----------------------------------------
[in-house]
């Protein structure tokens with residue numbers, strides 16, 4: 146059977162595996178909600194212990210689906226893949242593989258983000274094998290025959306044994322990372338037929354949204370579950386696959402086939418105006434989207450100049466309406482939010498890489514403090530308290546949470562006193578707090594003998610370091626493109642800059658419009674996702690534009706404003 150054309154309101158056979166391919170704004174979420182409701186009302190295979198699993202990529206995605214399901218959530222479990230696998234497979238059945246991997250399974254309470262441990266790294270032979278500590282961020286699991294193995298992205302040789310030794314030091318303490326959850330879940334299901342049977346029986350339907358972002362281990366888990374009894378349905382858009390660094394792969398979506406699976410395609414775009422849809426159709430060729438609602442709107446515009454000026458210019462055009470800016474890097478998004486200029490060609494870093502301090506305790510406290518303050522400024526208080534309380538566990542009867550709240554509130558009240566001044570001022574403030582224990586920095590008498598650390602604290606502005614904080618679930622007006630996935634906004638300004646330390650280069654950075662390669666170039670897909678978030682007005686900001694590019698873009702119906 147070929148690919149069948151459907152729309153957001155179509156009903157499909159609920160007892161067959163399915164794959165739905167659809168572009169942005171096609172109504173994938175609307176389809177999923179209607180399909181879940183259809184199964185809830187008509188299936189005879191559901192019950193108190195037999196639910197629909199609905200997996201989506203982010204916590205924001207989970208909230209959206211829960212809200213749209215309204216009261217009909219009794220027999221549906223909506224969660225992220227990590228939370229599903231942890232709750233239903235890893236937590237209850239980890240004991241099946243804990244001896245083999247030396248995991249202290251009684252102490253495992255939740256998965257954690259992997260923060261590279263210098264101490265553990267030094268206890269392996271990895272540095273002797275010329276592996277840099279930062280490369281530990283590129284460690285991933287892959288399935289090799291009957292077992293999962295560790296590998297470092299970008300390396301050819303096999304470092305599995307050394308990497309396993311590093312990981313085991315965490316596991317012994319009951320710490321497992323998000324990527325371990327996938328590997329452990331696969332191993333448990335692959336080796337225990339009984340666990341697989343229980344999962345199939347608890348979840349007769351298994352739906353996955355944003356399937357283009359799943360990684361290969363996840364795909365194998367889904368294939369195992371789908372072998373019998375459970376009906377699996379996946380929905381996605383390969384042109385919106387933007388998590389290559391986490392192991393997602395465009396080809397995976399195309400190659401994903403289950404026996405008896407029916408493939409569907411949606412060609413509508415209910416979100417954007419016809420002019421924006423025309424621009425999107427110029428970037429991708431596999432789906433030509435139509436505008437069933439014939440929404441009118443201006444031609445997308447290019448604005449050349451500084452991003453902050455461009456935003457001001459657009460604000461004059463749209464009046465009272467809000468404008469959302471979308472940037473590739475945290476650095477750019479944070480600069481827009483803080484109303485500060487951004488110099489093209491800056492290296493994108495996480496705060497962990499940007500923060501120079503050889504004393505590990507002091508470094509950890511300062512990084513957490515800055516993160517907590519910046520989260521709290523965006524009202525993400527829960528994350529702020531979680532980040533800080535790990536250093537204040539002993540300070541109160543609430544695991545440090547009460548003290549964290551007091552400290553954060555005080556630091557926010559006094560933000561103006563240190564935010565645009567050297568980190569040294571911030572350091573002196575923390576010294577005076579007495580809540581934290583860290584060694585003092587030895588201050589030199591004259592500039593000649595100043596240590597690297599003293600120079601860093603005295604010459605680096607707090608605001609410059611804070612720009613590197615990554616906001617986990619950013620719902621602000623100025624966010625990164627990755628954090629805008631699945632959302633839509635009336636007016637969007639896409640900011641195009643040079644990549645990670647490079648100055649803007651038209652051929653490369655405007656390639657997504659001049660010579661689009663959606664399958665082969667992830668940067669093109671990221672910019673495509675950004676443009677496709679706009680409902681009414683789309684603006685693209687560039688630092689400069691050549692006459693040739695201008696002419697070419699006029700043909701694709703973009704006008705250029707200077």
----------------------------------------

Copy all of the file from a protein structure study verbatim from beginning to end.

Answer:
[in-house]
């Protein structure tokens with residue numbers, strides 16, 4: 146059977162595996178909600194212990210689906226893949242593989258983000274094998290025959306044994322990372338037929354949204370579950386696959402086939418105006434989207450100049466309406482939010498890489514403090530308290546949470562006193578707090594003998610370091626493109642800059658419009674996702690534009706404003 150054309154309101158056979166391919170704004174979420182409701186009302190295979198699993202990529206995605214399901218959530222479990230696998234497979238059945246991997250399974254309470262441990266790294270032979278500590282961020286699991294193995298992205302040789310030794314030091318303490326959850330879940334299901342049977346029986350339907358972002362281990366888990374009894378349905382858009390660094394792969398979506406699976410395609414775009422849809426159709430060729438609602442709107446515009454000026458210019462055009470800016474890097478998004486200029490060609494870093502301090506305790510406290518303050522400024526208080534309380538566990542009867550709240554509130558009240566001044570001022574403030582224990586920095590008498598650390602604290606502005614904080618679930622007006630996935634906004638300004646330390650280069654950075662390669666170039670897909678978030682007005686900001694590019698873009702119906 147070929148690919149069948151459907152729309153957001155179509156009903157499909159609920160007892161067959163399915164794959165739905167659809168572009169942005171096609172109504173994938175609307176389809177999923179209607180399909181879940183259809184199964185809830187008509188299936189005879191559901192019950193108190195037999196639910197629909199609905200997996201989506203982010204916590205924001207989970208909230209959206211829960212809200213749209215309204216009261217009909219009794220027999221549906223909506224969660225992220227990590228939370229599903231942890232709750233239903235890893236937590237209850239980890240004991241099946243804990244001896245083999247030396248995991249202290251009684252102490253495992255939740256998965257954690259992997260923060261590279263210098264101490265553990267030094268206890269392996271990895272540095273002797275010329276592996277840099279930062280490369281530990283590129284460690285991933287892959288399935289090799291009957292077992293999962295560790296590998297470092299970008300390396301050819303096999304470092305599995307050394308990497309396993311590093312990981313085991315965490316596991317012994319009951320710490321497992323998000324990527325371990327996938328590997329452990331696969332191993333448990335692959336080796337225990339009984340666990341697989343229980344999962345199939347608890348979840349007769351298994352739906353996955355944003356399937357283009359799943360990684361290969363996840364795909365194998367889904368294939369195992371789908372072998373019998375459970376009906377699996379996946380929905381996605383390969384042109385919106387933007388998590389290559391986490392192991393997602395465009396080809397995976399195309400190659401994903403289950404026996405008896407029916408493939409569907411949606412060609413509508415209910416979100417954007419016809420002019421924006423025309424621009425999107427110029428970037429991708431596999432789906433030509435139509436505008437069933439014939440929404441009118443201006444031609445997308447290019448604005449050349451500084452991003453902050455461009456935003457001001459657009460604000461004059463749209464009046465009272467809000468404008469959302471979308472940037473590739475945290476650095477750019479944070480600069481827009483803080484109303485500060487951004488110099489093209491800056492290296493994108495996480496705060497962990499940007500923060501120079503050889504004393505590990507002091508470094509950890511300062512990084513957490515800055516993160517907590519910046520989260521709290523965006524009202525993400527829960528994350529702020531979680532980040533800080535790990536250093537204040539002993540300070541109160543609430544695991545440090547009460548003290549964290551007091552400290553954060555005080556630091557926010559006094560933000561103006563240190564935010565645009567050297568980190569040294571911030572350091573002196575923390576010294577005076579007495580809540581934290583860290584060694585003092587030895588201050589030199591004259592500039593000649595100043596240590597690297599003293600120079601860093603005295604010459605680096607707090608605001609410059611804070612720009613590197615990554616906001617986990619950013620719902621602000623100025624966010625990164627990755628954090629805008631699945632959302633839509635009336636007016637969007639896409640900011641195009643040079644990549645990670647490079648100055649803007651038209652051929653490369655405007656390639657997504659001049660010579661689009663959606664399958665082969667992830668940067669093109671990221672910019673495509675950004676443009677496709679706009680409902681009414683789309684603006685693209687560039688630092689400069691050549692006459693040739695201008696002419697070419699006029700043909701694709703973009704006008705250029707200077």